Recently, the structure of poly(NiPAAm) microgels in aqueoussuspensions has been determined.17,18 The dynamics of thepolymer chains around the transition temperature19 and of thesolvent confined in the network20 have been investigated byincoherent quasi elastic neutron scattering and by NMR 1Hspin-spin relaxation time measurements, respectively.

The temperature transition is influenced by factors as pH,ionic strength, and presence of comonomers. However, in manycases, VPTT is close or coincident with physiological temper-ature conditions.21 This background suggests that loaded nano/micro systems could undergo significant size changes with anefficient release of the drug payload making microgels attractivefor the design of injectable devices with tailored features.

Our previous experience in fabrication of microgels22 withgood colloidal stability based on a methacryloyl-derivatizedpoly(vinyl alcohol) network23 by water-in-water microemulsionsprovided the background for incorporating NiPAAm in the

* To whom correspondence should be addressed. E-mail: paradossi@stc.uniroma2.it.

Biomacromolecules 2009, 10, 15891596 1589

10.1021/bm900185u CCC: $40.75 2009 American Chemical SocietyPublished on Web 05/08/2009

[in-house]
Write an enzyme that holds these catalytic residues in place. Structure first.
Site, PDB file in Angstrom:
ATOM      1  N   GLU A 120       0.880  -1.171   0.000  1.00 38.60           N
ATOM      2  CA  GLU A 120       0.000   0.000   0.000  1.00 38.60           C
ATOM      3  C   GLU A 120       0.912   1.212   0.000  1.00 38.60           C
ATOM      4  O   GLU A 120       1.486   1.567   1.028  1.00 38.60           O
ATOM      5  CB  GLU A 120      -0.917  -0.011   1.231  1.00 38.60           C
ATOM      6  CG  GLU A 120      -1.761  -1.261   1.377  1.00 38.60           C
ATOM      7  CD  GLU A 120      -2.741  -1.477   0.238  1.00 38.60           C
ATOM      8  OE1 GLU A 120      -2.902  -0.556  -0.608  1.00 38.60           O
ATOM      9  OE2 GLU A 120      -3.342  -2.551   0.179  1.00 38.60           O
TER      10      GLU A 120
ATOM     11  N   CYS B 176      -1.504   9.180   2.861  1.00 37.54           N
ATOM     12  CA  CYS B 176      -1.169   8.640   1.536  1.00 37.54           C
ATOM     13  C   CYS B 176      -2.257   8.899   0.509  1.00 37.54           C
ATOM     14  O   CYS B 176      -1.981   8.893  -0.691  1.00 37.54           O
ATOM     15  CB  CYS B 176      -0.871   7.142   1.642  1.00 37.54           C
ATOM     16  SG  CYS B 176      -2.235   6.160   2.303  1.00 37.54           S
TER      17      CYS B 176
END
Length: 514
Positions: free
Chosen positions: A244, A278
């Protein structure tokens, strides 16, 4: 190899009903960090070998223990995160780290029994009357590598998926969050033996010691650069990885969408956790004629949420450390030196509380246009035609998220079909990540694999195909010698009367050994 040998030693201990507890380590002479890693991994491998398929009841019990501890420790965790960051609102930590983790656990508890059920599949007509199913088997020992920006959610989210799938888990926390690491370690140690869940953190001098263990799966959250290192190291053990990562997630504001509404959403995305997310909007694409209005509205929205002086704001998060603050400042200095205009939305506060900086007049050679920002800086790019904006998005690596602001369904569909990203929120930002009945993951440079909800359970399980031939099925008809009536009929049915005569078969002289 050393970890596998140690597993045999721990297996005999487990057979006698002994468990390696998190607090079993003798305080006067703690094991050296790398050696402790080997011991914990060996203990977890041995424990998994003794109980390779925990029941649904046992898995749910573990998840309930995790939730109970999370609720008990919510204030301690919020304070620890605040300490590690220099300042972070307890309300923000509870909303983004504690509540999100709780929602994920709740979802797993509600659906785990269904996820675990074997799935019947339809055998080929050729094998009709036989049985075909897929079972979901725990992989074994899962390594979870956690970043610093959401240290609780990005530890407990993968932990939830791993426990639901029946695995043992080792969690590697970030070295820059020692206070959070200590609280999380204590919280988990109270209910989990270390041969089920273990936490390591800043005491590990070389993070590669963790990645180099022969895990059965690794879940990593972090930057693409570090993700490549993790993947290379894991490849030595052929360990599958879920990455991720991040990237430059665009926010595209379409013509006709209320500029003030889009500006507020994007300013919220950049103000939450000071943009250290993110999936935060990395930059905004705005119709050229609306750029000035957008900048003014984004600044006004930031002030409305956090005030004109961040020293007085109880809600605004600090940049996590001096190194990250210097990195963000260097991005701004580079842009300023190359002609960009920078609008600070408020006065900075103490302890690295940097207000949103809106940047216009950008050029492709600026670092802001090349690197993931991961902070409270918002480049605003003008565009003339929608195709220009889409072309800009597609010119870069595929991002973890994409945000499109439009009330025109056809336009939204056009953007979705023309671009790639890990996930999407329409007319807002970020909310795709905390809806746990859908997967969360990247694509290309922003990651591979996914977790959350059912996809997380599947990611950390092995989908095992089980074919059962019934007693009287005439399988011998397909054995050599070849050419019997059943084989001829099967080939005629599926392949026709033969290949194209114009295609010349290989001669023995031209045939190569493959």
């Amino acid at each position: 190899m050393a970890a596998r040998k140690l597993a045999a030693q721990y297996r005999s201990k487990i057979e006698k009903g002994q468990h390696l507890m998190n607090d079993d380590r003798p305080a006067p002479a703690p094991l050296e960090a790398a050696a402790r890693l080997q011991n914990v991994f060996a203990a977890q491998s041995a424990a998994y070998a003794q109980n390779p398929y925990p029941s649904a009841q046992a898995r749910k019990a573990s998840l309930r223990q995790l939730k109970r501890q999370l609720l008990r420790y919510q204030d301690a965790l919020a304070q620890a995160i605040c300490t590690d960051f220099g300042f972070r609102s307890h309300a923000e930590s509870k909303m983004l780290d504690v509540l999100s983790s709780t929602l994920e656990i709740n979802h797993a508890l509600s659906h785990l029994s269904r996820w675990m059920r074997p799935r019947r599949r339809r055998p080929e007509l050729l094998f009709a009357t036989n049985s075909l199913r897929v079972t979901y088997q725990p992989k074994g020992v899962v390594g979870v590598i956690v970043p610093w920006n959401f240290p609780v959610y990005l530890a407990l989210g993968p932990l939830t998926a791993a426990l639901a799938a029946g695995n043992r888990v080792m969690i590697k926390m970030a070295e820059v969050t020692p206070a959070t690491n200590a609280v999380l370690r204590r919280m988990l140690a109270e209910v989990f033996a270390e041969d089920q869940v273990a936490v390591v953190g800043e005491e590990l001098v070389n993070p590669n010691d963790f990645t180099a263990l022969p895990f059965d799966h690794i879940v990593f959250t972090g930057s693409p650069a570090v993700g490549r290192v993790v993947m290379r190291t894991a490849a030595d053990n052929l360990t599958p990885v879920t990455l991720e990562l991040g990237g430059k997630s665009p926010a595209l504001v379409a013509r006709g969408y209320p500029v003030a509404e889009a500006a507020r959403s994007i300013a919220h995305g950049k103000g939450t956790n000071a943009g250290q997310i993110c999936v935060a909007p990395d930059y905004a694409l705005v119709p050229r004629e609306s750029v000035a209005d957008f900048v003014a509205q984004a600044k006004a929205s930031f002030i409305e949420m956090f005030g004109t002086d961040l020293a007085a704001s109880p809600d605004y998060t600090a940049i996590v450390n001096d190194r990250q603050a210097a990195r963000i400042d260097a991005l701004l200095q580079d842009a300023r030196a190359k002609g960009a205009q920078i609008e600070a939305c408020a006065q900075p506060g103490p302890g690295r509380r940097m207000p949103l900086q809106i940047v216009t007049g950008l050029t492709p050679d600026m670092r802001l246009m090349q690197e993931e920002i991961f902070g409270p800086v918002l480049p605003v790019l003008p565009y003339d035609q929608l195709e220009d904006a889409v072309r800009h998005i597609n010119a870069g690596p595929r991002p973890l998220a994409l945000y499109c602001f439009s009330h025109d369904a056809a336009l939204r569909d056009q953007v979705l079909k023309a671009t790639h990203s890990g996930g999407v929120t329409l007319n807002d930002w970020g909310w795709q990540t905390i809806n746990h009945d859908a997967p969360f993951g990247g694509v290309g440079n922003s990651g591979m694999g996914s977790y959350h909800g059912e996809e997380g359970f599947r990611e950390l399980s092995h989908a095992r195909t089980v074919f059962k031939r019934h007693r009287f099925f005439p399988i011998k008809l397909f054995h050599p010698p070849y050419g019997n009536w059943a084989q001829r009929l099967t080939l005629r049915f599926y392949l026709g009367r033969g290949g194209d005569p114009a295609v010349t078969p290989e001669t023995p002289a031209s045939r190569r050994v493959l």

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network to obtain thermal responsivity to the resulting microgels.It should be stressed that this water-in-water microemulsionpolymerization has the remarkable advantage to use nontoxicchemicals throughout the synthesis. This assures that theresulting microgels will not release harmful molecules duringtheir functioning. Moreover, the use of a poly(vinyl alcohol),PVA, based drug delivery microgels should allow for a low, ifany, cytotoxic impact on cells.

We addressed this work to the design of smart, that is, stimuli-responsive, drug delivery microgels, testing their biocompat-ibility and ability to control the drug release with an anticancercase molecule as doxorubicin.

Thermal response of the microgels can also be consideredfor the design of nano/micro temperature sensors as it will beillustrated in a next paper. Here we focus on the structural andthermal features of PVA/Poly(MAmNiPAAmn) microgels.

Experimental Section